There comes a time when repeated tragedies occur, that you throw up your hands and bellow out a sarcastic laugh or bow your head and give it a good hearty shake.
Week 3 is now in the books and so is the third Charger player to be out for the season due to an injury in as many weeks.
Misery certainly does love company.
After an MRI on Monday, it was officially announced that Manti Te’o is out for the season with a torn Achilles.
The “Next Man Up” mantra that has been utilized by the Chargers for the past few seasons might need to be changed to “Next Man Down.”
Despite the loss of the defensive captain, the Chargers (1-2) also lost another game where they had a chance to win in the end.
Circling around social media last night and Monday morning, there are many that have blamed Philip Rivers, Hunter Henry, Mike McCoy, Melvin Gordon or Josh Lambo for Sunday’s 26-22 loss to the Indianapolis Colts on the road.
Sorry, but I am not going to dignify a response for blaming a kicker whose job is to kick field goals and extra points – not to prevent a rusher from getting a chance to block a kick.
From the early onset of the game, the vibe and tone set by the team was extremely sluggish. The fire and passion that resonated through the first half of Week 1 against Kansas City and the entire Week 2 victory against Jacksonville seemed a distant memory.
Rivers was not the elite quarterback that fans have grown accustomed to watching, missing many targets with passes that were too high, too hard or simply off the mark. The fierce competitor that he is, after the game he admitted to the poor performance and execution of his game – even singling out his biggest mistake of the game. “Of all the plays I missed today, I wished I got the one to Travis (Benjamin) on 3rd-and-2 because we were running that thing down. We may end up with it in our hands at mid-field, and I just missed it…”
Indeed, it was one pass that if completed, the rest of his errant throws would have been forgotten. It was a crucial play that could have possibly secured the game, forcing Indianapolis to use their timeouts and dwindle the game clock down.
Chalk it up to a bad game for the offensive and team leader.
One player in particular took the loss solely on himself:
Gotta take this one on the Chin!!! I Loss the Game …..
— Jason Verrett (@Jfeeva_2) September 26, 2016
No, Jason, you alone did not lose this game. And might I add that your humility is a breath of fresh air and one of the reasons why you are a fan favorite.
It might be true that Jason Verrett was beat often against a very good wide receiver in T.Y. Hilton on Sunday. Equally important to note is that in no way shape or form is the loss all on his shoulders. Game after game the Pro Bowl cornerback has shut down the opposition’s best wideout. It was just a bad day for the talented corner – occurring on a day where others experienced lousy games, as well.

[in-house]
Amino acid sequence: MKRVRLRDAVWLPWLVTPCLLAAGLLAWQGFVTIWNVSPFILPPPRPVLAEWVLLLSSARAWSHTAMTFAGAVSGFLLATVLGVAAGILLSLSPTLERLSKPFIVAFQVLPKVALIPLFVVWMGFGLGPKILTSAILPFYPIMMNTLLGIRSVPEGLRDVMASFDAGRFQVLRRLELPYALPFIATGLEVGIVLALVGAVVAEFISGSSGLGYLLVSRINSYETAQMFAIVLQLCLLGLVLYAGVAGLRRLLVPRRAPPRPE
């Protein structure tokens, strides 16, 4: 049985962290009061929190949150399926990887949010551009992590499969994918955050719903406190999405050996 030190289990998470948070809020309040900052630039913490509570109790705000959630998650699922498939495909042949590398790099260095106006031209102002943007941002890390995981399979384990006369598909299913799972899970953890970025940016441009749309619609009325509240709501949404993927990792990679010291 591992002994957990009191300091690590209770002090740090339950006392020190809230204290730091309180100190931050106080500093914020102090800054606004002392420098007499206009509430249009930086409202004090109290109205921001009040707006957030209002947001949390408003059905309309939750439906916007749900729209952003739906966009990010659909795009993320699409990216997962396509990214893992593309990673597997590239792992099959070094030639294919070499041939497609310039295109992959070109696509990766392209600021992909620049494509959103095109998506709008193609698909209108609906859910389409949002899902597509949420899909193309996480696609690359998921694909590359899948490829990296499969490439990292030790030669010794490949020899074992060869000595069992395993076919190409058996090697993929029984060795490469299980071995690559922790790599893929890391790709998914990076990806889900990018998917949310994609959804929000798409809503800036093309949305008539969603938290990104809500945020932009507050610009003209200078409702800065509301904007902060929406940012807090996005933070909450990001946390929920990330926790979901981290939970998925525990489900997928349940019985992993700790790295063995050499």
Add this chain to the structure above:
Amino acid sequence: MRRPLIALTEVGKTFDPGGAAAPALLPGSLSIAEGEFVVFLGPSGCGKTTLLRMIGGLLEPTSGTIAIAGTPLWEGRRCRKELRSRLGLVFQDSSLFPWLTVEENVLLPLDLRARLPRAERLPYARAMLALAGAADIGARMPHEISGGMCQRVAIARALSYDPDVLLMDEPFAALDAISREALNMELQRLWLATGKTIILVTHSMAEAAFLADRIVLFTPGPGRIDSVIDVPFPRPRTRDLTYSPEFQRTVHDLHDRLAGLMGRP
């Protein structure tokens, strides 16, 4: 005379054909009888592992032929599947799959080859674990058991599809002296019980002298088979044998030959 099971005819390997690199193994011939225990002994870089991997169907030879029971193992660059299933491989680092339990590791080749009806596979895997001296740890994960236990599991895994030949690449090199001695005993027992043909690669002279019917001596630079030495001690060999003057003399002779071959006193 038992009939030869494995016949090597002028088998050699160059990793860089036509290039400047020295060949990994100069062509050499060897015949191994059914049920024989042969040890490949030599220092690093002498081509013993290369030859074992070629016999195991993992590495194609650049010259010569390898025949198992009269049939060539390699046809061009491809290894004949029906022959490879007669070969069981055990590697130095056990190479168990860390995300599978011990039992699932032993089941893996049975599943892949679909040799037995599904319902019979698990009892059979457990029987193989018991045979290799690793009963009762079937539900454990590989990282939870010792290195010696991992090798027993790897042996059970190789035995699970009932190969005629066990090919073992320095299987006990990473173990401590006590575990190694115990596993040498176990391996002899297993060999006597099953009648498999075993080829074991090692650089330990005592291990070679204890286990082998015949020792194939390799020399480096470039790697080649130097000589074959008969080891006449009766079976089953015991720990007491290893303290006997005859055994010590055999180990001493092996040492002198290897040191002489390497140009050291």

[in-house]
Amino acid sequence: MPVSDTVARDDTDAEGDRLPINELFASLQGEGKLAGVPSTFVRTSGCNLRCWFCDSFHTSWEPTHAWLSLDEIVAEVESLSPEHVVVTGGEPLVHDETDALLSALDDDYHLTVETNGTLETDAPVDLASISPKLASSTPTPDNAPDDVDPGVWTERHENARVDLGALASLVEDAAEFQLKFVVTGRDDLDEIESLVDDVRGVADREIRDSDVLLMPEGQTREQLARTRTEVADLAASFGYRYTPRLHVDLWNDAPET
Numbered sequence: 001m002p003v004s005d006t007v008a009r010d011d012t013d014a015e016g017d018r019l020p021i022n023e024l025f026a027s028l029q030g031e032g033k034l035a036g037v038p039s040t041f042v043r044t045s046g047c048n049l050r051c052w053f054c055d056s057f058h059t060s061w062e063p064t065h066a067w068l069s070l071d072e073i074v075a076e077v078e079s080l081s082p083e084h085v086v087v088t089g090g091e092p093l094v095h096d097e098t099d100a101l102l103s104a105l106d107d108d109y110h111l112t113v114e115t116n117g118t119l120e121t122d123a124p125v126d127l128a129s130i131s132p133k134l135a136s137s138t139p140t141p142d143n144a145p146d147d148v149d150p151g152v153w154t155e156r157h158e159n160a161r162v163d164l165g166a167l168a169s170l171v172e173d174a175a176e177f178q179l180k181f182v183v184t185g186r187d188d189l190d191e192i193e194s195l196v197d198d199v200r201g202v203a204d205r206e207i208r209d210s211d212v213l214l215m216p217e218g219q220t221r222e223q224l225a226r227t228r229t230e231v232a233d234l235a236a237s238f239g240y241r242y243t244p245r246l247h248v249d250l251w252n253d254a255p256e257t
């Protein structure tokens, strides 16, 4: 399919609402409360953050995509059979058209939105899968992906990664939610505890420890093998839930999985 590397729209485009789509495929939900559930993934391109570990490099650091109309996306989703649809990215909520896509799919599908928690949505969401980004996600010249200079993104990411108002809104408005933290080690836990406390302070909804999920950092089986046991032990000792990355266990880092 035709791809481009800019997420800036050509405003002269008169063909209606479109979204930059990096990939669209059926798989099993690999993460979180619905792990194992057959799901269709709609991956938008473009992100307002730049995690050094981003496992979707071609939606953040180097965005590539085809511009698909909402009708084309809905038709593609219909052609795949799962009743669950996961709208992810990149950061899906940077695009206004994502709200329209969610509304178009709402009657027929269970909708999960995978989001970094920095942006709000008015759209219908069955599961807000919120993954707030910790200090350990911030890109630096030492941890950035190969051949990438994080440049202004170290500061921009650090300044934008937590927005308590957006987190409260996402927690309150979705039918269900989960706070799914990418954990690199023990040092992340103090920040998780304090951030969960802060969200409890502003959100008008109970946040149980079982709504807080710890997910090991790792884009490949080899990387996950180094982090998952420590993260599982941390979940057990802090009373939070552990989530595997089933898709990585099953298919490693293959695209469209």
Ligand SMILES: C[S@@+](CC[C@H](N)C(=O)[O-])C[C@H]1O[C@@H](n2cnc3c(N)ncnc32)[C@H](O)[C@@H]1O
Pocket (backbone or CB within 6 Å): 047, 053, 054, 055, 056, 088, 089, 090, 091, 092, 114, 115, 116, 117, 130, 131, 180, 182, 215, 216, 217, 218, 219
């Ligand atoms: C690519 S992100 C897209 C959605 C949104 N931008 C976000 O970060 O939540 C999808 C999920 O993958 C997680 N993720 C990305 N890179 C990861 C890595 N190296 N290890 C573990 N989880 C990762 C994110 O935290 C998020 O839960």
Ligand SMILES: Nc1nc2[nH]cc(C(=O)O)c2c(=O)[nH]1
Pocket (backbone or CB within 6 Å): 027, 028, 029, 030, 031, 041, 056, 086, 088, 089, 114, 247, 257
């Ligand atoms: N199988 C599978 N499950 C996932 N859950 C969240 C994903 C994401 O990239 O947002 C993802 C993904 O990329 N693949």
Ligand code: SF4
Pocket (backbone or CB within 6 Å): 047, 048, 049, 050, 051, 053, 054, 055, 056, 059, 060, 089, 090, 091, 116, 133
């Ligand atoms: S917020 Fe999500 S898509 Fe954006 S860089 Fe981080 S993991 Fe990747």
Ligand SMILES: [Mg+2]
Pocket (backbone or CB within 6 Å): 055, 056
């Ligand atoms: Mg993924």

Moreover, it was not Feeva’s fault for being on the sidelines during a potential game-clinching 4th-and-7 play with less than two minutes left in the game. Brandon Flowers was covering Hilton and instead of playing him up close, Flowers gave T.Y. a four-yard cushion where he made the easy, wide-open catch at the first down marker, falling forward to ensure the call was a simple one. Flowers has been playing exceptionally better this year than last, and was one of three players that I mentioned on this site to have a great impact this season. It is unfortunate that this crucial play has his named associated with it.
Melvin Gordon was held in check by Indianapolis, who came into the game ranked as the worst rushing defense in the NFL. Clearly, the Colts knew about this dubious honor of theirs and studied a lot of film on the second-year starter. It was clear to them that “Flash” loves to run in between the tackles and does not improvise as much as an elite back would. Perhaps it is his style, or perhaps it’s his youth that explains why he runs the way the play is designed to, without recognizing other outlets.
Gordon did, however, hit pay dirt again for the fourth time in three games and continues to punish those would-be tacklers. The Chargers fans are very excited about his play thus far. His ability to get into the endzone, his potential, especially if he learns from his mistakes, and how high his ceiling is reinforce the fact that the excitement is justified.
The second-round draft pick of 2016, tight end Hunter Henry, received the starting nod to take the place of the future Hall of Famer Antonio Gates. Hunter had five catches for 76 yards and looked like he could be the heir apparent of Gates as he levied space between him and the defender, moving the chains on several occasions. Although, it is hard to remember those precise routes and great hands due to his late game fumble that ended any last-ditch efforts for a comeback.
Yes, the Bolts still had a chance to win the game. Yes, the fumble ended that hope. However, it should not have come down to that one play, nor is it the dubious “play that lost the game.” Hunter is a talented rookie and as you could see his reaction on the sidelines he was devastated.